How to Control Web Cookies and Boost Online Privacy

Monday, December 18, 2017/Categories: Home Internet

Privacy experts have been talking about web cookies—and how managing them can help boost your online privacy—for a decade or so. But how much do you really know about web cookies and how they affect your online privacy? Are they more trouble than they’re worth? Do they offer anything valuable?

Don’t jump in and start deleting every cookie in your web browser history just yet. First, let’s dig a little deeper into what web cookies are, what they do, and what you need to know about them.

What are Web Cookies and What Do They Do?

An HTTP cookie (web cookie, browser cookie) is a small piece of data that a server sends to a web user's browser. The browser can then store it and send it back with the next request to the same server. Typically, web cookies are used to tell if two requests came from the same browser, which helps the user have more consistent experiences and workflows (by keeping a user logged-in or allowing them to access shopping baskets on an e-commerce site as they shop, for example).

Web cookies are data files and not programs, so they don’t contain malware that has the potential to damage your computer. They’re also very small, only accruing three to 10 kilobytes, which means they don’t take up too much space on your computer either.  

Web cookies are usually used for the following reasons:

•Session Management: Cookie files hold information about a user and their online activity for logins, shopping carts, game scores, or anything else a server for a website should remember.

•Personalization: Cookies hold information about a user’s preferences, themes, and other settings.

•Tracking: Cookies are also used to record and analyze user behavior.

Web cookies can ensure you have a seamless and personalized experience while you’re shopping on Amazon, for example—ensuring that you can always access your cart as you shop for items on different parts of the site, and that you can see suggested items based on your recent purchase history and what’s currently available on the site. Sometimes, cookies allow you to come back to a site and pick up where you left off, even if you have closed your web browser.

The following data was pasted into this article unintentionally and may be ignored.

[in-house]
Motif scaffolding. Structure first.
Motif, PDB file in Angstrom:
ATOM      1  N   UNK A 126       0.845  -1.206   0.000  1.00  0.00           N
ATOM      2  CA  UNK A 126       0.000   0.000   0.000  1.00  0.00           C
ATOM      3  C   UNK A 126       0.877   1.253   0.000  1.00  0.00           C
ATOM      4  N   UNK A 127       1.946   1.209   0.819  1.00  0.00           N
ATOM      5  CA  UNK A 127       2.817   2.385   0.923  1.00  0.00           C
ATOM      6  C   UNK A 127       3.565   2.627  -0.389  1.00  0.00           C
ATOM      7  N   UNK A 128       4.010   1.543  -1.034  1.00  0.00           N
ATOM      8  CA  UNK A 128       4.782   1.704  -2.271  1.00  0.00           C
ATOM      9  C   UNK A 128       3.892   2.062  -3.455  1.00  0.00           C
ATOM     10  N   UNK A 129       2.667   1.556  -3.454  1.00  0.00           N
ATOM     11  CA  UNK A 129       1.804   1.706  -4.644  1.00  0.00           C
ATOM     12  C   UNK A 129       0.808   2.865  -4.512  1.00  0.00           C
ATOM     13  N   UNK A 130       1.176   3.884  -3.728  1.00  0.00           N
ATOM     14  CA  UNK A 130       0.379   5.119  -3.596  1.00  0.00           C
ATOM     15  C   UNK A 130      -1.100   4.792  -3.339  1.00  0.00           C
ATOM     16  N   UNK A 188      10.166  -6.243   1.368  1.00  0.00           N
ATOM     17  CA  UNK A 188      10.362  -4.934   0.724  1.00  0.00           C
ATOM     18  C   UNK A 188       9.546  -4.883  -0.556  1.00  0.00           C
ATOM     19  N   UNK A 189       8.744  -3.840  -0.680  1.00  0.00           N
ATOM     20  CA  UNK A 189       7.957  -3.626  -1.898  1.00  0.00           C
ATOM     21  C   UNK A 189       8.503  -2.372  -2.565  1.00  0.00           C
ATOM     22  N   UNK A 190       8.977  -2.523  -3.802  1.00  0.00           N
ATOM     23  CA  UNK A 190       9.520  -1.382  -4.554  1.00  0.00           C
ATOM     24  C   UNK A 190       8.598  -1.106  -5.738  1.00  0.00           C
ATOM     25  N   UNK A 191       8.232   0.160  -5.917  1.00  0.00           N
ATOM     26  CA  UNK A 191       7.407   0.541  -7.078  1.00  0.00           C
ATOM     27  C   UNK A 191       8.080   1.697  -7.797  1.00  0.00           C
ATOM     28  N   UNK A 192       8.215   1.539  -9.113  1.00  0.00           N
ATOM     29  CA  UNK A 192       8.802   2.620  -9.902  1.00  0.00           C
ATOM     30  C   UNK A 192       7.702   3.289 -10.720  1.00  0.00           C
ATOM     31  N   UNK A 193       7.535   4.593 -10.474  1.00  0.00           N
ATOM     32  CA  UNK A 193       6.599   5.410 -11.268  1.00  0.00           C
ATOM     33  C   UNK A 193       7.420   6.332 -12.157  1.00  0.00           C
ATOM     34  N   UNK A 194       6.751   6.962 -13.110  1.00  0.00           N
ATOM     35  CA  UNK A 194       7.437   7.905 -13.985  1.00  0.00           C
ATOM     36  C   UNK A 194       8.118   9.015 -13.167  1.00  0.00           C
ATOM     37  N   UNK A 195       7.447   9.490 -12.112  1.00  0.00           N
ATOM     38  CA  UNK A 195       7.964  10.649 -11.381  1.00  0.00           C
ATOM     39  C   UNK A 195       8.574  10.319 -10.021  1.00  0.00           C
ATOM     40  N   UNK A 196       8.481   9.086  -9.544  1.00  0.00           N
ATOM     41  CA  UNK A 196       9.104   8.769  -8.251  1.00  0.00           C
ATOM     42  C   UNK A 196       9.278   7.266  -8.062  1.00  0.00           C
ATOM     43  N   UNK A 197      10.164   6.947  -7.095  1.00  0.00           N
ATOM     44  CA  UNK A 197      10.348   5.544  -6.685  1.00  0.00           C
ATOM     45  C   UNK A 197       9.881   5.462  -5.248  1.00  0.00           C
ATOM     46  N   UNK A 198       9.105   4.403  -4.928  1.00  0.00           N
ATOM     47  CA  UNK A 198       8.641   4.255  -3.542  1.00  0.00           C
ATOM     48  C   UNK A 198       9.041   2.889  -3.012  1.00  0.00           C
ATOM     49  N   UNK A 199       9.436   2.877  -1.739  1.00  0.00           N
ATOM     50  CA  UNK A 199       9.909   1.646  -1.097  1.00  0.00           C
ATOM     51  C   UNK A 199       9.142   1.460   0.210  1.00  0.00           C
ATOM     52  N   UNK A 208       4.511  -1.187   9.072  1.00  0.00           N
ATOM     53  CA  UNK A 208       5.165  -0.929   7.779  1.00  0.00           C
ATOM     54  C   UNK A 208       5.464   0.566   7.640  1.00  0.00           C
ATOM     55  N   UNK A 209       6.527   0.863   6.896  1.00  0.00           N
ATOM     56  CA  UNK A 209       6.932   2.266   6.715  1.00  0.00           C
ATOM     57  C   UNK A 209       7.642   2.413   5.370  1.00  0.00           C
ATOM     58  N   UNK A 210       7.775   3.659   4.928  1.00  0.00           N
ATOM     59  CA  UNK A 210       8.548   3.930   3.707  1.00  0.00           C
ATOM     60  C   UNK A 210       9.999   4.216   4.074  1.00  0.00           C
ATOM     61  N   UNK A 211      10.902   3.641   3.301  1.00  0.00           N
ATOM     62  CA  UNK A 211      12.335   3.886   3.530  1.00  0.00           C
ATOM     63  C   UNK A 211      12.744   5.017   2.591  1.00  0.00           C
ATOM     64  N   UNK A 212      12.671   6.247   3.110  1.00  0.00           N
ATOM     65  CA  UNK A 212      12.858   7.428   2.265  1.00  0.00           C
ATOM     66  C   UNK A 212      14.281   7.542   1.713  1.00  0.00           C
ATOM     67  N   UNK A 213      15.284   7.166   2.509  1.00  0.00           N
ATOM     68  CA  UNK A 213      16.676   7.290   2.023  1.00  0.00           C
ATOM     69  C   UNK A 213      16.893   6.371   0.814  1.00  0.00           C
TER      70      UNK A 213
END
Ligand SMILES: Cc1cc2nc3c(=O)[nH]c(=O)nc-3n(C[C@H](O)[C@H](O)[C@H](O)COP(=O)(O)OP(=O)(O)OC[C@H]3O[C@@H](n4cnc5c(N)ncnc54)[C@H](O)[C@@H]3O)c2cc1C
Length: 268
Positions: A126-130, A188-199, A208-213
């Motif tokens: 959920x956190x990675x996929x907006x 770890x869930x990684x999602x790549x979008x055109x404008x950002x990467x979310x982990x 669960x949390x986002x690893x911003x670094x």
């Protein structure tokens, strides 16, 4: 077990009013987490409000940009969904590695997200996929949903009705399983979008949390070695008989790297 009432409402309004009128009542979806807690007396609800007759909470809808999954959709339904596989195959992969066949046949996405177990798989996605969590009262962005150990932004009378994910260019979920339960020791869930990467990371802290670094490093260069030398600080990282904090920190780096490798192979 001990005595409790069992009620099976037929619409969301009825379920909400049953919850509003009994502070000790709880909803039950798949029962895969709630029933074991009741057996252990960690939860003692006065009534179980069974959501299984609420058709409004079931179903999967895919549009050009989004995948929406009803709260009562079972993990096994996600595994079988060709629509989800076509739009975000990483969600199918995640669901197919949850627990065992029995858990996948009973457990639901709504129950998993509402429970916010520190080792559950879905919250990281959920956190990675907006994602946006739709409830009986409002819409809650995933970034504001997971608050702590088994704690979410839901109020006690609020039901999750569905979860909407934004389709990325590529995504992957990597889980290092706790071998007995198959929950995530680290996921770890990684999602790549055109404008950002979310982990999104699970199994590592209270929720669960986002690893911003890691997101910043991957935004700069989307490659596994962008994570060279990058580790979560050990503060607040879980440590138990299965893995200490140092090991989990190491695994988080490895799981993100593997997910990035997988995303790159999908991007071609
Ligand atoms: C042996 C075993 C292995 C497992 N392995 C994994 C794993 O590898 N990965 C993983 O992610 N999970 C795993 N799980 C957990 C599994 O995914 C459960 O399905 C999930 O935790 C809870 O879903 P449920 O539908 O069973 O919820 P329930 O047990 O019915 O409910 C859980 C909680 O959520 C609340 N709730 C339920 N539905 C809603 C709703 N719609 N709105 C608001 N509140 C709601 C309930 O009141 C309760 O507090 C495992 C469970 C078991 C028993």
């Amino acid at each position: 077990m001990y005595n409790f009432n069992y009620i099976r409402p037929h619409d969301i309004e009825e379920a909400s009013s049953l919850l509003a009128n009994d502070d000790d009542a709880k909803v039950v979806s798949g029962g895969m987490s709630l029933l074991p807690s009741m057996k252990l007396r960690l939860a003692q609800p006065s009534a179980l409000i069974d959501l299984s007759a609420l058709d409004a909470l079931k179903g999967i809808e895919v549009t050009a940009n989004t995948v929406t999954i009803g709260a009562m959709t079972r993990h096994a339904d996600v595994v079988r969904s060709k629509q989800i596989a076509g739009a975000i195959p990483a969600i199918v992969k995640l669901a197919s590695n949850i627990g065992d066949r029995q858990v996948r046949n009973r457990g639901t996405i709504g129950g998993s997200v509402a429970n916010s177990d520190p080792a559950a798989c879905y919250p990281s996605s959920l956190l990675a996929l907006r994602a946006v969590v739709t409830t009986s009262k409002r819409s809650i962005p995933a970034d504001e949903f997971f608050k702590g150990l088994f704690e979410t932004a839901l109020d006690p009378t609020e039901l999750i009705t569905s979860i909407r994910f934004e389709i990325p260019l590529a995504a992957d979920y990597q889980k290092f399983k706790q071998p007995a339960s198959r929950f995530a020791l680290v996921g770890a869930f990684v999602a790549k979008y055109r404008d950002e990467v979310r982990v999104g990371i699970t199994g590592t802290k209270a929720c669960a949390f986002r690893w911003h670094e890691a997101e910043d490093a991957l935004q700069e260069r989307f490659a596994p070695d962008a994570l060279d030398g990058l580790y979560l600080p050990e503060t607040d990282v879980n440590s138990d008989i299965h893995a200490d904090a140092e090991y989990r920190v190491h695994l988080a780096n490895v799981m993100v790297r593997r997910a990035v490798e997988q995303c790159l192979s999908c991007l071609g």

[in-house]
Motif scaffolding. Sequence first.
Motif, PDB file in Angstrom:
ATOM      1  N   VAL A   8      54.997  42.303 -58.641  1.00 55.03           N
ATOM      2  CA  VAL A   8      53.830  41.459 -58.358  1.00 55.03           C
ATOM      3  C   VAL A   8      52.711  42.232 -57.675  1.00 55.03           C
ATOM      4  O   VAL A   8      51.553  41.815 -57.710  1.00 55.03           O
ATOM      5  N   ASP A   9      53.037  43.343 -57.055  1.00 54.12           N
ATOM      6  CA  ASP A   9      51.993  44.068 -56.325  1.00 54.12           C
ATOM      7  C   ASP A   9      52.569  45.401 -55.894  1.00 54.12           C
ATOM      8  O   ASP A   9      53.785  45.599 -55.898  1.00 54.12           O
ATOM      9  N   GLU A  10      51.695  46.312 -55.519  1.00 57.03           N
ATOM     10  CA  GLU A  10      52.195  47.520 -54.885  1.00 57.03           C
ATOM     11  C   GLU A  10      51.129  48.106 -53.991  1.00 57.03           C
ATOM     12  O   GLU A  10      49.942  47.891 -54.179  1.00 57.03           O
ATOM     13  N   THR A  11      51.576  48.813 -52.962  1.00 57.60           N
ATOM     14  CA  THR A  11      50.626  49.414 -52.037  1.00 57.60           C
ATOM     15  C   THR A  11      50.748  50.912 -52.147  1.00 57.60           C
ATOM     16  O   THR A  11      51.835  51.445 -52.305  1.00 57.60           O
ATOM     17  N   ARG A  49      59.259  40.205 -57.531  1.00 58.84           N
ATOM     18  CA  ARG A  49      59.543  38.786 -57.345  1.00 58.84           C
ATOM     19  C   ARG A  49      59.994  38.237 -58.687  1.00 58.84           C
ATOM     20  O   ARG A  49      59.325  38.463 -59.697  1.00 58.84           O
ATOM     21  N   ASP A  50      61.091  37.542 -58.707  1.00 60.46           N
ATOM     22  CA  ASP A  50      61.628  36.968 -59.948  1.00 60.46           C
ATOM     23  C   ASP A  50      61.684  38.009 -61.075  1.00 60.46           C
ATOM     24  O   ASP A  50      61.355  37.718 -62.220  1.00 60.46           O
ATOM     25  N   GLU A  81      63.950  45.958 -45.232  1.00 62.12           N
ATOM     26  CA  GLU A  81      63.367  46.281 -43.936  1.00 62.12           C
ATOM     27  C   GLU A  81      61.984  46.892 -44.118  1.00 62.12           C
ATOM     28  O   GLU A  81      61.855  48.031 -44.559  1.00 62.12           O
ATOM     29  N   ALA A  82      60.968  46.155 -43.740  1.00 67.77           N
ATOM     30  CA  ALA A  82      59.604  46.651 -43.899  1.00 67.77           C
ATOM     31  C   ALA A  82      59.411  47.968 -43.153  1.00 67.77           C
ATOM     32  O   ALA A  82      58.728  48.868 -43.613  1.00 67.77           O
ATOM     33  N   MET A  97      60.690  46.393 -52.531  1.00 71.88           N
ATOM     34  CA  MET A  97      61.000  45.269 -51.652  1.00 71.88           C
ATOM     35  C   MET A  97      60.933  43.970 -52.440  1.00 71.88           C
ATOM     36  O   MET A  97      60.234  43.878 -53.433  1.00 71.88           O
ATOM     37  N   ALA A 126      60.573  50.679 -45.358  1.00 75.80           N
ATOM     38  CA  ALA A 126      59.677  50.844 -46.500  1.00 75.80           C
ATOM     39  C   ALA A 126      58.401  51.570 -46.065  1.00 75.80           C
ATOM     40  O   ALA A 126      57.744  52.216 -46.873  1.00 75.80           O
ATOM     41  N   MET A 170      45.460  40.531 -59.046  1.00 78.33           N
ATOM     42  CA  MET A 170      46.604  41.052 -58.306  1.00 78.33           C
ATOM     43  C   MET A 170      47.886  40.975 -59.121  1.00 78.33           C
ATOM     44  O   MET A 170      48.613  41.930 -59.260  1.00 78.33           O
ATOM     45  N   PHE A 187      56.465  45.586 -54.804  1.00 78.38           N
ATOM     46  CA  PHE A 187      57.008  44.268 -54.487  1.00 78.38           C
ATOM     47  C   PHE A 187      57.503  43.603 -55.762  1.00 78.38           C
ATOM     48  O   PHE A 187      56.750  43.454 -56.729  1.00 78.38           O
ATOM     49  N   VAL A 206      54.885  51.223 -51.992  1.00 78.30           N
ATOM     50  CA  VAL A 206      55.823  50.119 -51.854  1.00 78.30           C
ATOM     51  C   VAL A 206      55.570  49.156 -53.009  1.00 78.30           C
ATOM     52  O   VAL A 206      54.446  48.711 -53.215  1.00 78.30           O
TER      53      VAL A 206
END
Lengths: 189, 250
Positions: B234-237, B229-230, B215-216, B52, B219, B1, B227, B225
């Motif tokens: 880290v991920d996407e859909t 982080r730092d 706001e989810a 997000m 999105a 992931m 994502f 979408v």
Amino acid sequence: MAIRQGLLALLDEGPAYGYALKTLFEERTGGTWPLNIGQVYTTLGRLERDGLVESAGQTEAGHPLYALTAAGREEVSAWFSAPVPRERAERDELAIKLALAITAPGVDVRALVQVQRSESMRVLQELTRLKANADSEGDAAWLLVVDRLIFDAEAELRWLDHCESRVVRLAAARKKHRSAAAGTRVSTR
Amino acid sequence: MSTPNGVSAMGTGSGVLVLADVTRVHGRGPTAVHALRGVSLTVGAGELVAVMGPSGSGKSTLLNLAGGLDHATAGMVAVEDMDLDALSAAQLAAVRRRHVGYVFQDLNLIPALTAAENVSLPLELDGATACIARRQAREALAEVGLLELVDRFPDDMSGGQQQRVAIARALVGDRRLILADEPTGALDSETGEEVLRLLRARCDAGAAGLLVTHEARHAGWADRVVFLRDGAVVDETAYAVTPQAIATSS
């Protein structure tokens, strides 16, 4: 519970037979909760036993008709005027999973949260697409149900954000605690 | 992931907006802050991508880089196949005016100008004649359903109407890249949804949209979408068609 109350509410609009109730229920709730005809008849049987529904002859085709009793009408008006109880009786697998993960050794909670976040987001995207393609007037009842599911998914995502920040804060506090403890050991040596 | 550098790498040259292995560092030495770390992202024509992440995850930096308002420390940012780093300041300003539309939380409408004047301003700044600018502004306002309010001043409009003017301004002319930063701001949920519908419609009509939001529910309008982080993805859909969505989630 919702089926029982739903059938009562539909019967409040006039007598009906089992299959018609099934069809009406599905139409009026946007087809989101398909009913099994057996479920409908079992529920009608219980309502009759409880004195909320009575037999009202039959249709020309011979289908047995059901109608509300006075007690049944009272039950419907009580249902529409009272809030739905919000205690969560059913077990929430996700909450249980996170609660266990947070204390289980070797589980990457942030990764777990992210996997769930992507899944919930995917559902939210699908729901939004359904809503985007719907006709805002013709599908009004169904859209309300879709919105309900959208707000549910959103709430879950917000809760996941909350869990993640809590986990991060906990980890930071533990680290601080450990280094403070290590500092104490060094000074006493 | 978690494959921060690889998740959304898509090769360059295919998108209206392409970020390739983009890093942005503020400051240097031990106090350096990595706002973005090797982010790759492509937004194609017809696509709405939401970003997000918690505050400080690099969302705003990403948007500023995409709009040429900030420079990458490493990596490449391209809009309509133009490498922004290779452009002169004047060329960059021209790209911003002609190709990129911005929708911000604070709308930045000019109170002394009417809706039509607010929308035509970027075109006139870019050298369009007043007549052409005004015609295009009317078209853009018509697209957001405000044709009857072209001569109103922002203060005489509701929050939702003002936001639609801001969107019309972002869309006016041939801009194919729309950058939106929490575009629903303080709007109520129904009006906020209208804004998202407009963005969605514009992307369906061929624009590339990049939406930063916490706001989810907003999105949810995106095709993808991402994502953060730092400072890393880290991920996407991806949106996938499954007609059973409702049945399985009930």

What's the Problem with Web Cookies?

Here’s where it gets tricky. While being able to access your personalized account on your favorite retailer’s site might seem fine, there are times when third-party sources will track your web browser cookies when you may not be aware of it. This is what makes web cookies such a combative topic in the world of web security. Some people think it’s downright creepy and invasive for another unknown entity (usually an undisclosed third-party advertiser) to track your movements and behavior online, just so they can sell to you elsewhere online without your formal consent.

Here’s how it works. Let’s say you’re shopping for a watch. You go to a retailer’s site and look at watches, but don’t really find what you’re looking for. So, you put your search on hold to visit your favorite blog about skydiving. On the skydiving blog, you notice ads for watches. This occurred because a third-party, such as DoubleClick by Google, was already embedded in code on the watch retailer’s site via their own advertisements. So, while you were on the retailer’s site, the third-party entity hosting ads collected your web cookie files with information about what you were doing and then sent them back to the third-party’s main site. That third-party site then has your web cookie file information, which it can share all over the Internet, wherever their domain’s source code is embedded.

Keep in mind that DoubleClick is only one example of a third-party that can acquire your web cookies.

Which Web Cookies Should I Delete?

The web cookies that allow you to have a seamless experience on a site you log into, or that remember your preferences when you’re playing a game or ordering something, are first-party cookies. They’re unavoidable if you want to have constant access to your favorite accounts like Amazon and Facebook. But you can delete them from your browser history window, and might want to if you have a password manager or have memorized all your passwords for sites you regularly log into.

Third-party cookies, on the other hand, are the cookies that track your movements across the web and allow companies to store information about you, so they can provide you with advertisements and content they think is relevant to you at the right times. Some users don’t mind seeing more targeted ads as they search the Internet and read their favorite blog posts, but others do.

Ultimately, which web cookies you delete is up to you and your individual browsing preferences. All current popular web browsers allow you to block third-party cookies while permitting first-party cookies. Simply go to your web browser’s preferences tab and select your preferred option underneath the available privacy settings.

Regardless of which web cookies you decide to delete or keep, remember that this is only one small piece of the puzzle when it comes to maintaining your web security.

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